Many survivors reported seeing the captain of the vessel being the first to leave the ship in a lifeboat [AP 2-04-06].

Similar incidents[edit]

  • In 1915 the SS Eastland was raised from the Chicago River after capsizing earlier the same year when the ship's limit of 2752 passengers was exceeded; a total of 845 passengers and crew were killed.
  • In 1994, the MS Estonia sank, claiming 852 lives.
  • On 26 September 2002 the MV Le Joola, a Senegalese government-owned ferry, capsized off the coast of Gambia killing at least 1,863 people.
  • On 17 October 2005, the Pride of al Salam 95 also sank in the Red Sea after being struck by the Cypriot-registered cargo ship Jebal Ali. In that accident, two people were killed and another 40 injured, some possibly during a stampede to leave the sinking ship. After evacuating all the ferry passengers and crew, the Jebal Ali went astern and the Pride of al Salam 95 sank in about 3½ minutes.

Trial of owners[edit]

In July, 2008 the owner of the al-Salam, Mamdouh Ismail, along with his son Amr Ismail and two others were acquitted of wrongdoing in connection with the disaster by an Egyptian court. An earlier parliamentary inquiry blamed Ismail's company for the disaster, saying they had operated the ferry despite serious defects. Also, the recovered data recorder proved that the ferry's owner knew there had been a fire on board but gave orders to continue on instead of returning to port as the captain had requested.[20] Family member of the victims felt the ruling was brought about by corruption. Ismail is a member of Egypt's upper house and is very well connected.[21]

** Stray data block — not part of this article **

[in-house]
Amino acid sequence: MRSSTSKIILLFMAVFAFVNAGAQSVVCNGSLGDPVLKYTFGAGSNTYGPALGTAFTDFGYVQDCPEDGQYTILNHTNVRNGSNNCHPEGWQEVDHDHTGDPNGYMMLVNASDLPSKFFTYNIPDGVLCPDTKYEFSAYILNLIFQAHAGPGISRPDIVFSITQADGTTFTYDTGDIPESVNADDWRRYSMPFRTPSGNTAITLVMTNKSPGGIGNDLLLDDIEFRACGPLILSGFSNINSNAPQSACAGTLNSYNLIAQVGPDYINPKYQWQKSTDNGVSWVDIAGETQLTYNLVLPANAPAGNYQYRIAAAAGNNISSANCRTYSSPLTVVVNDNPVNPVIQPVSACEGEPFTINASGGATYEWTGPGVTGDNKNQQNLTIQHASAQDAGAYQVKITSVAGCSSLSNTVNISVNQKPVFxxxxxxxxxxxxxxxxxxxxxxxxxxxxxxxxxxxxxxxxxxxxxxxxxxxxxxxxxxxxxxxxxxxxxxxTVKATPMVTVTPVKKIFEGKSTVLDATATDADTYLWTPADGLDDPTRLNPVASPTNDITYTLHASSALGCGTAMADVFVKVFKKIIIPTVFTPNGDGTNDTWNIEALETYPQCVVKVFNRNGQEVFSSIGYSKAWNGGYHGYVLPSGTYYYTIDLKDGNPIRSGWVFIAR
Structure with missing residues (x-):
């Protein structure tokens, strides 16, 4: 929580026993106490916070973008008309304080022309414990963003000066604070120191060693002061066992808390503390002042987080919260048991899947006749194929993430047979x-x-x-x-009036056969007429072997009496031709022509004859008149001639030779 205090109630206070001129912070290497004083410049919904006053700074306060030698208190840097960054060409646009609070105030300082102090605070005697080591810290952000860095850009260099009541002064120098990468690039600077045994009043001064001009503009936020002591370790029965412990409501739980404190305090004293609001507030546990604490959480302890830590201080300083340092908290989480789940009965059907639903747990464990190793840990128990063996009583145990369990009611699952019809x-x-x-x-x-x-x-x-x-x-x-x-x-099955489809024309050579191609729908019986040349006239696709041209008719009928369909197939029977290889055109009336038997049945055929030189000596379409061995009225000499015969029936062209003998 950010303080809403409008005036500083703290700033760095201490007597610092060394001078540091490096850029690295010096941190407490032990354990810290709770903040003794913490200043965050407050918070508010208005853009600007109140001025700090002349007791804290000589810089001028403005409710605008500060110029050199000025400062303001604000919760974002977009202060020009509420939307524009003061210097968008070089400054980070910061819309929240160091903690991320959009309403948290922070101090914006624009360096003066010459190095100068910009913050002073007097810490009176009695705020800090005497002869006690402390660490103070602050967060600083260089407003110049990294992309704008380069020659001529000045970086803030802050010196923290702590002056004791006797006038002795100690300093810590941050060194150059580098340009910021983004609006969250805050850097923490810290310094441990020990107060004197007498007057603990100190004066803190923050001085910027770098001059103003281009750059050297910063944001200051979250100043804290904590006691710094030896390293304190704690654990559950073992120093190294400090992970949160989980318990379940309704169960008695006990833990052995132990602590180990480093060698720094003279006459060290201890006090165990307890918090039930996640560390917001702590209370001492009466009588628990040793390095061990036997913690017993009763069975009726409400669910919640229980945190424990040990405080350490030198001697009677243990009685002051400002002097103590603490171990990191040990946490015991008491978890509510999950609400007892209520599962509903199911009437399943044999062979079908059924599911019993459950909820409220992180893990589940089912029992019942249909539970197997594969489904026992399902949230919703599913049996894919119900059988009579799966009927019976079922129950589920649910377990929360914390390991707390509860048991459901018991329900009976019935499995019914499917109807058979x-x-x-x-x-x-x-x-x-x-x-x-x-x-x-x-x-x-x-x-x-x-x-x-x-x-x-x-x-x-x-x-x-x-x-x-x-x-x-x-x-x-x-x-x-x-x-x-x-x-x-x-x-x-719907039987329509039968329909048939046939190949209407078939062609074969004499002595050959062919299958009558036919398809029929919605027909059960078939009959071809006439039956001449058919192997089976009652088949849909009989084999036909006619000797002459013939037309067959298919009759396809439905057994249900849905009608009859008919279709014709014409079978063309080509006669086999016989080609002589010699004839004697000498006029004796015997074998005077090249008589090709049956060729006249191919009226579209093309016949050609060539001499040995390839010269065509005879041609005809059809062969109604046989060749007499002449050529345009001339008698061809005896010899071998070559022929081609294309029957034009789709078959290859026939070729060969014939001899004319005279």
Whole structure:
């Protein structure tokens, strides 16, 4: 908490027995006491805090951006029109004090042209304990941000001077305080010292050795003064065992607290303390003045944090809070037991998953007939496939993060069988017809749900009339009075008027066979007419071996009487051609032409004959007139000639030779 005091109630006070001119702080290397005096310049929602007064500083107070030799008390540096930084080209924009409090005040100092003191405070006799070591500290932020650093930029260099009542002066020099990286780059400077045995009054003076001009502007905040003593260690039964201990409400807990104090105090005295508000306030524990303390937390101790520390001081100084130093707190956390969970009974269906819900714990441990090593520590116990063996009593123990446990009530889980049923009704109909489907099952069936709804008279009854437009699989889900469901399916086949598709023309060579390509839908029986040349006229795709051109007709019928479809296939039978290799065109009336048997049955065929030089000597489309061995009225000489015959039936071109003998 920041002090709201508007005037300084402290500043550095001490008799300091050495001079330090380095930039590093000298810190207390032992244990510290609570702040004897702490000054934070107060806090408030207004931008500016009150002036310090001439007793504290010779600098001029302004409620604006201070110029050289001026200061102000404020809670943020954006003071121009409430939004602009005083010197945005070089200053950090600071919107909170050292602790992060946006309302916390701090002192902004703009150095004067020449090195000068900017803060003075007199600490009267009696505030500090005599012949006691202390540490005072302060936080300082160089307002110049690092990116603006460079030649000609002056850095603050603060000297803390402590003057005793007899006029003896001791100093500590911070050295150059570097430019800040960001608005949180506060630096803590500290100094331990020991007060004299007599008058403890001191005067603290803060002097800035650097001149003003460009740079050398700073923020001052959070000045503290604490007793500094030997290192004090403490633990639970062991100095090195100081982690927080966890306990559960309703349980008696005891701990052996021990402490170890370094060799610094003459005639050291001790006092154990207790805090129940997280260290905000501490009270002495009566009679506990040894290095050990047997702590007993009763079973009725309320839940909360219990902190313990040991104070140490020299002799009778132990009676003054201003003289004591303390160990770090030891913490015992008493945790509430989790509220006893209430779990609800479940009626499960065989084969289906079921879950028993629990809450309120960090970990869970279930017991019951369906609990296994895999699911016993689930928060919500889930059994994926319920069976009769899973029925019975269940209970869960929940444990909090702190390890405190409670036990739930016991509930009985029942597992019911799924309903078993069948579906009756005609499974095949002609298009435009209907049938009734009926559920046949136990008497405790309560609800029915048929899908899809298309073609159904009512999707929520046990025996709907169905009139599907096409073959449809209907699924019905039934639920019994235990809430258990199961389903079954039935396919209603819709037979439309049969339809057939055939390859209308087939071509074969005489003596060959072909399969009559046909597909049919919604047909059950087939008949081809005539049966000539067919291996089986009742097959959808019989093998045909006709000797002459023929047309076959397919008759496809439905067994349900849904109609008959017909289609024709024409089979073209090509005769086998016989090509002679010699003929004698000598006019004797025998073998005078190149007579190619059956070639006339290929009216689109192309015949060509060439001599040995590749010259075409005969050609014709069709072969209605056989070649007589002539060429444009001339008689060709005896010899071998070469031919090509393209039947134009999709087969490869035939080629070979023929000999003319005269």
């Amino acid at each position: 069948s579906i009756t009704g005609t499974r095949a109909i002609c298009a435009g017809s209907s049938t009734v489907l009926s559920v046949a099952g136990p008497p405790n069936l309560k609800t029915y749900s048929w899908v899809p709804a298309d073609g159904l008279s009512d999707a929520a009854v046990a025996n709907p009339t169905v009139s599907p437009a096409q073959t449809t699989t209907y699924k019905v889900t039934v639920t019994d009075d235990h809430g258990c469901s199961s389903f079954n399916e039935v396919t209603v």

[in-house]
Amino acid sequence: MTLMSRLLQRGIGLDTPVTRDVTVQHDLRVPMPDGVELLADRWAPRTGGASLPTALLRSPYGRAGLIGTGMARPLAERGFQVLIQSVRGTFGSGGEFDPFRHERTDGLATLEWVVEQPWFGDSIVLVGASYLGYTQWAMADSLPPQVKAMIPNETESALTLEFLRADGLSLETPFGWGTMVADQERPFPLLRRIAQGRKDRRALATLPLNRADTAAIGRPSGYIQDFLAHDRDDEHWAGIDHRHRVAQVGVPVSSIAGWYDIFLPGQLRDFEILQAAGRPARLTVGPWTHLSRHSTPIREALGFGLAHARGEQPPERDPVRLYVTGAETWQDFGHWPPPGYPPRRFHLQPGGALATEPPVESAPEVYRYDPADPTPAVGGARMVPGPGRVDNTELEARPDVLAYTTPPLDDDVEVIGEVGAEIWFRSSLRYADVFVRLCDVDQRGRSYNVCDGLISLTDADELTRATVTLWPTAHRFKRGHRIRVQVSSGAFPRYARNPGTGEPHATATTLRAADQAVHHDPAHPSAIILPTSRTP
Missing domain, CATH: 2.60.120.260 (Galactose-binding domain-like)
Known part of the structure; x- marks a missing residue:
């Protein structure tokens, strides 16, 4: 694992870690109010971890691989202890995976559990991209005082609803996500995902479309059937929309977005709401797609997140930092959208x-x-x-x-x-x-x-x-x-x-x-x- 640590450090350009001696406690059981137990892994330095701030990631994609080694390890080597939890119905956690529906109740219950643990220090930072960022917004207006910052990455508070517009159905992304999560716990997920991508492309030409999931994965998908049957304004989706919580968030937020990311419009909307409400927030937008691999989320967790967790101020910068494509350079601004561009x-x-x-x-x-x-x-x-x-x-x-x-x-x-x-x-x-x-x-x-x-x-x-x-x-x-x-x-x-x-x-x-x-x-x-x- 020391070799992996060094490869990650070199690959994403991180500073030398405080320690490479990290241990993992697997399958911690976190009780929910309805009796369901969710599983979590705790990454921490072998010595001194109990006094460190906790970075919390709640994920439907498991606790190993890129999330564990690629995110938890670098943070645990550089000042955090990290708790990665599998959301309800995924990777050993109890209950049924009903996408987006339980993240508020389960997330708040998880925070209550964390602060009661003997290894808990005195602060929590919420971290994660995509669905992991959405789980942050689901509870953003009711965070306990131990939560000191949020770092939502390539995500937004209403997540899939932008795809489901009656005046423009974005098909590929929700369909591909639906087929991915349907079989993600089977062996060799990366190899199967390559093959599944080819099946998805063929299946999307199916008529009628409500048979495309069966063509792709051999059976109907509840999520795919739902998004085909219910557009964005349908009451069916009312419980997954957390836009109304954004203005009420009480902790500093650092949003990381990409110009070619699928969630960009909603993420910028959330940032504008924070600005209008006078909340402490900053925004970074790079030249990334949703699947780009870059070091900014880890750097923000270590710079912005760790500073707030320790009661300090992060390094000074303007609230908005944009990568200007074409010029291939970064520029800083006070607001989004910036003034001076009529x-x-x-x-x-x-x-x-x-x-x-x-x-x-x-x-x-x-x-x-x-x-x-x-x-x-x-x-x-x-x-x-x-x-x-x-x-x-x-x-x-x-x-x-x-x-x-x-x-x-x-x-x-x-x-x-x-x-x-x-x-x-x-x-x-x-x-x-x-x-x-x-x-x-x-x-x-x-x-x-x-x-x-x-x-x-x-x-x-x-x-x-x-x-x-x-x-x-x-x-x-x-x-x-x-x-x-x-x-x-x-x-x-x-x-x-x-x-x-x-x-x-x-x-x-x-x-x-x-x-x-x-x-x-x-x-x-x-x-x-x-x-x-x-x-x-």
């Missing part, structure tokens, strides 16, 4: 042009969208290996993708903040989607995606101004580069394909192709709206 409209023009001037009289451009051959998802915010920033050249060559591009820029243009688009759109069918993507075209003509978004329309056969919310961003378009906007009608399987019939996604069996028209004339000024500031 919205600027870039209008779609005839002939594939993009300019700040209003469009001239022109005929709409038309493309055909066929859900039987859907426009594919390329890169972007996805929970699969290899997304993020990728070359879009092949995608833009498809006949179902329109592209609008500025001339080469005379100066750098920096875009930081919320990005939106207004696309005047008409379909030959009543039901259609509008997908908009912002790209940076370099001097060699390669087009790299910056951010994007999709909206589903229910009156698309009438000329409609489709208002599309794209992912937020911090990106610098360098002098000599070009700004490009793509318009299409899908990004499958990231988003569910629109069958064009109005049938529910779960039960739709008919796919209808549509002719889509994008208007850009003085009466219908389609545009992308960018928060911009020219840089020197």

On 11 March 2009, after the initial acquittal was overturned in a hearing presided over by Judge Khaled Badereldin, Mamdouh Ismail was sentenced to seven years in prison. Two other employees of the company were sentenced to three years in prison each.[citation needed]

References[edit]

  1. ^ AP Wire | 02/03/2006 | Most of 1,400 on doomed ferry feared lost, SanLuisObispo.com.
  2. ^ "Egypt ferry probe raps officials". BBC News. 19 April 2006. 
  3. ^ Overview Press Ltd, Ferries 2004 Southern Europe.
  4. ^ Maritime Knowledge Centre. "INFORMATION RESOURCES ON THE AL SALAM BOCCACCIO 98". International Maritime Organization. Retrieved 2012-07-18. 
  5. ^ "Ferry carrying 1,300 sinks in Red Sea". Reuters. 3 February 2006. 
  6. ^ "Reports of survivor statements". BBC News. 4 February 2006. 
  7. ^ Williams, Daniel (4 February 2006). "Report of crew statements". The Washington Post. Retrieved 2010-05-13. 
  8. ^ "Egyptian passenger ship sinks in Red Sea; 20 confirmed dead; 100 survivors rescued". CJAD 800. 3 February 2006. 
  9. ^ National Data Buoy Center.
  10. ^ Image:Gfs10.prp.012.tropio.gif
  11. ^ http://oiswww.eumetsat.org/~idds/images/out/SDDI-20060202-2100-BNW-08-IR_108-03-600.jpg
  12. ^ [1].[dead link]
  13. ^ Most of 1,400 on Doomed Ferry Feared Lost.
  14. ^ [2].[dead link]
  15. ^ "Egyptian Ship Sinks At Sea". Sky News. 3 February 2006. 
  16. ^ "Ship with 1,400 sinks in Red Sea". CNN. 3 February 2006. 
  17. ^ a b "Dozens of Bodies, Survivors in Red Sea.". The New York Times. 3 February 2006. 
  18. ^ "Many Dead as Egyptian Ferry Sinks.". BBC News. 3 February 2006. 
  19. ^ "Egyptian cruise ship sinks in Red Sea". Jerusalem Post. 3 February 2006. 
  20. ^ "Grief And Outrage In Egypt". CNN. 31 July 2008. 
  21. ^ "Anger at Egyptian ferry verdict". BBC News. 27 July 2008. 

External links[edit]

Coordinates: 27°01′59″N 34°52′59″E / 27.033°N 34.883°E / 27.033; 34.883